Find out the company’s values and goals. You want to appear like you’re a good fit for the company. Besides, your interviewer might quiz you about the company to check your interest. This also applies for the position you’re applying to. Don’t make it seem like you’re clueless about what you’re getting into.

By researching the company and the position you applied for, you’re also preparing answers to possible questions the interviewer may ask you.

2. Anticipate what questions they might ask you.

Jot down questions you think the interviewer might ask you. You could also ask friends already working for the company or in similar positions about how their interviews went for them and what questions the interviewer asked them. This way, you can rehearse your answers. When you rehearse, it’s better to remember the main idea instead of whole sentences. You might appear scripted otherwise.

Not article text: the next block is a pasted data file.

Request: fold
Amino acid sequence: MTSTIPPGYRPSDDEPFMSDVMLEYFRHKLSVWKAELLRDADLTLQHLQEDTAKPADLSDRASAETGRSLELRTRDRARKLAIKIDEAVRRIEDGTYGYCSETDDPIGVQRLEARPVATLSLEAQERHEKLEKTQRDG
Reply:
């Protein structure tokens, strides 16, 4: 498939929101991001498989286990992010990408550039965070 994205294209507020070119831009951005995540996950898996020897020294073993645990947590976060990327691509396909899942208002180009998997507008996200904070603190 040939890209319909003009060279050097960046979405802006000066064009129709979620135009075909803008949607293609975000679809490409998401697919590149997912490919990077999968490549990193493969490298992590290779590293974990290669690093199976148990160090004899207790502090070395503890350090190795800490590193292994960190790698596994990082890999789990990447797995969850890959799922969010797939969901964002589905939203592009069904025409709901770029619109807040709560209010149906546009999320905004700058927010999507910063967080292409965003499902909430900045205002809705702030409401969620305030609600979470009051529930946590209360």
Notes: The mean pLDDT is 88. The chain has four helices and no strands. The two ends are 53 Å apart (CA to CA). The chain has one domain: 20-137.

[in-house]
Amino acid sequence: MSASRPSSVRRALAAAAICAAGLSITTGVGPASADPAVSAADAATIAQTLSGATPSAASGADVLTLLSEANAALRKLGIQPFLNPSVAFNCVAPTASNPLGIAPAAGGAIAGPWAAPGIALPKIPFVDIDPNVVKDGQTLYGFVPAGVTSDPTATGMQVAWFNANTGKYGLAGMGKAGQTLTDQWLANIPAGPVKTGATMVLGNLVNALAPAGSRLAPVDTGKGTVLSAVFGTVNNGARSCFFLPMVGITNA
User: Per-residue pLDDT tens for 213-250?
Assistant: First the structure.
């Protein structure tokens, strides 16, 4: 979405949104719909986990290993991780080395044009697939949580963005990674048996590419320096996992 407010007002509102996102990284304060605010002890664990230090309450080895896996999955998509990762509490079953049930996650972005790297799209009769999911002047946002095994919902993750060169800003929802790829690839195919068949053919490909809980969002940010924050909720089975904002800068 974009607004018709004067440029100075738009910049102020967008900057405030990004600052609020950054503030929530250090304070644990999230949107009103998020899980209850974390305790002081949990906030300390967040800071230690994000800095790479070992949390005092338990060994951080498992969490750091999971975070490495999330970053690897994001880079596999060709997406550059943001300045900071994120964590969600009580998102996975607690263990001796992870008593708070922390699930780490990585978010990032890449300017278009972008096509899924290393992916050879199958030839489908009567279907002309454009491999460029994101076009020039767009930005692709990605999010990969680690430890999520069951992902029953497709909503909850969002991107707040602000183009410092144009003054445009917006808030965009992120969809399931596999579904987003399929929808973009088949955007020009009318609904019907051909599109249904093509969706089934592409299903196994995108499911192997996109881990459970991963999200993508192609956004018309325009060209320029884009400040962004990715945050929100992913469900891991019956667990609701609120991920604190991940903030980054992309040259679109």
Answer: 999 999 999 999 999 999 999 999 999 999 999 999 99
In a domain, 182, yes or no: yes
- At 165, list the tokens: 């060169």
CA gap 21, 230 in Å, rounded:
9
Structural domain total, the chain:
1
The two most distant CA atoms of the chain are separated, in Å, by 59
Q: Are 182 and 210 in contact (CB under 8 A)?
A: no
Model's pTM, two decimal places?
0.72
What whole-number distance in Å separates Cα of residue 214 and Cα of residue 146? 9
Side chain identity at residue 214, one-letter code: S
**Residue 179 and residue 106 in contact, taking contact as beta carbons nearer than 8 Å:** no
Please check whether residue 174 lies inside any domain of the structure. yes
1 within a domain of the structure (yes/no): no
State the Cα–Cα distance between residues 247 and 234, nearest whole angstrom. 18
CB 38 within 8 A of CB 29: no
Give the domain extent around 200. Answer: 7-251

3. Be your best self.

The day before the interview, make sure that you sleep well; your mind must be in top shape. You should also eat a good, filling meal that won’t upset your stomach before leaving. Wear something professional; remember, you’re dressing to impress.

4. Send a thank-you note.

After the interview, prepare a thank-you note to send through email. You’ll stand out from your fellow applicants by showing your commitment, dedication, and interest in the position. It serves as a subtle follow-up, too.

Related Read: Interview Coaching Tips to Help You Land Your Dream Job

job seeker writing a thank-you letter
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The First Week: How to Score a Terrific First Impression

You’re hired. Congratulations! Strive to make a good first impression Follow these tips to start off your new job on the right foot.

1. Show your commitment to company growth and success.

Learn as much as you can about your new job and workplace. You’ll better understand your role and, in turn, likely do it better and impress your boss. Take initiative; volunteer to help with tasks, and establish yourself as a team player. Employers want dedicated employees who will assist them in making the company prosper.

2. Socialize with your coworkers.